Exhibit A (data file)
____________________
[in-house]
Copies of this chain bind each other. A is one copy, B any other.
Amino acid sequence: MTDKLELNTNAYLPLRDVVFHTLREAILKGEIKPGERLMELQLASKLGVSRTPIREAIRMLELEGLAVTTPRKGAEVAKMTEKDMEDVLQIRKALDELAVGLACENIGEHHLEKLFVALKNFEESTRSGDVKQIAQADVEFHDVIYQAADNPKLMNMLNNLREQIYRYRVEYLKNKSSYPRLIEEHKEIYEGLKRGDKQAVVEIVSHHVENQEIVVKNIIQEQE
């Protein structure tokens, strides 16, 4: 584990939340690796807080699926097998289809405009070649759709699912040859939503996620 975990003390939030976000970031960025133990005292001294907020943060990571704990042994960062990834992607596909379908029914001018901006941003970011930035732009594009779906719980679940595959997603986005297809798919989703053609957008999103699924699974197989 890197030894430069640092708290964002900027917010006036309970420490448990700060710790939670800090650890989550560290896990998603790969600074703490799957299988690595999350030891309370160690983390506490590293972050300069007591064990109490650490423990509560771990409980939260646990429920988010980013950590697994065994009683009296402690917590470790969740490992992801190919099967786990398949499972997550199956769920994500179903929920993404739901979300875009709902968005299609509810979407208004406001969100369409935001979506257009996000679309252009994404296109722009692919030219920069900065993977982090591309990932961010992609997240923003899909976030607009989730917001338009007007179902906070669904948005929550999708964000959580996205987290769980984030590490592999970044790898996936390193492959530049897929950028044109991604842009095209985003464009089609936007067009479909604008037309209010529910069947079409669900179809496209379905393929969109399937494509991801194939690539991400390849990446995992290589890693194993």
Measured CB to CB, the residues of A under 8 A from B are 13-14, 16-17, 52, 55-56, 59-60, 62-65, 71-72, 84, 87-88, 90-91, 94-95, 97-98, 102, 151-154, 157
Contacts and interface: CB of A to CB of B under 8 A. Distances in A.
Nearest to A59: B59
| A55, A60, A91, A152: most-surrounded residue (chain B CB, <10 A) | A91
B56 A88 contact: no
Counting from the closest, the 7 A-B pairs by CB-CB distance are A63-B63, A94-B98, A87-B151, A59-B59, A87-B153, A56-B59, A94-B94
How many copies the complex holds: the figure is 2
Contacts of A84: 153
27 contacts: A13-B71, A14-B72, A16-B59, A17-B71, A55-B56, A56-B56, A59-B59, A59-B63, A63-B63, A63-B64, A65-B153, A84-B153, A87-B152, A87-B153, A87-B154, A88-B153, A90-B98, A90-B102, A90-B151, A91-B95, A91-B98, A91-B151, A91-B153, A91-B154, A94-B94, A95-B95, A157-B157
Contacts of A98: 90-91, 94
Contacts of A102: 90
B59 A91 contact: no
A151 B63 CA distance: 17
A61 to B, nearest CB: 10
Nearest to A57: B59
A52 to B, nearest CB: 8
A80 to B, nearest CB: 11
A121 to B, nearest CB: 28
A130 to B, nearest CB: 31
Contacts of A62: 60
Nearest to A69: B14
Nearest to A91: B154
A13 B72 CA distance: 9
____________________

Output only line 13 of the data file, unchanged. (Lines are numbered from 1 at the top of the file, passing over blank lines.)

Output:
27 contacts: A13-B71, A14-B72, A16-B59, A17-B71, A55-B56, A56-B56, A59-B59, A59-B63, A63-B63, A63-B64, A65-B153, A84-B153, A87-B152, A87-B153, A87-B154, A88-B153, A90-B98, A90-B102, A90-B151, A91-B95, A91-B98, A91-B151, A91-B153, A91-B154, A94-B94, A95-B95, A157-B157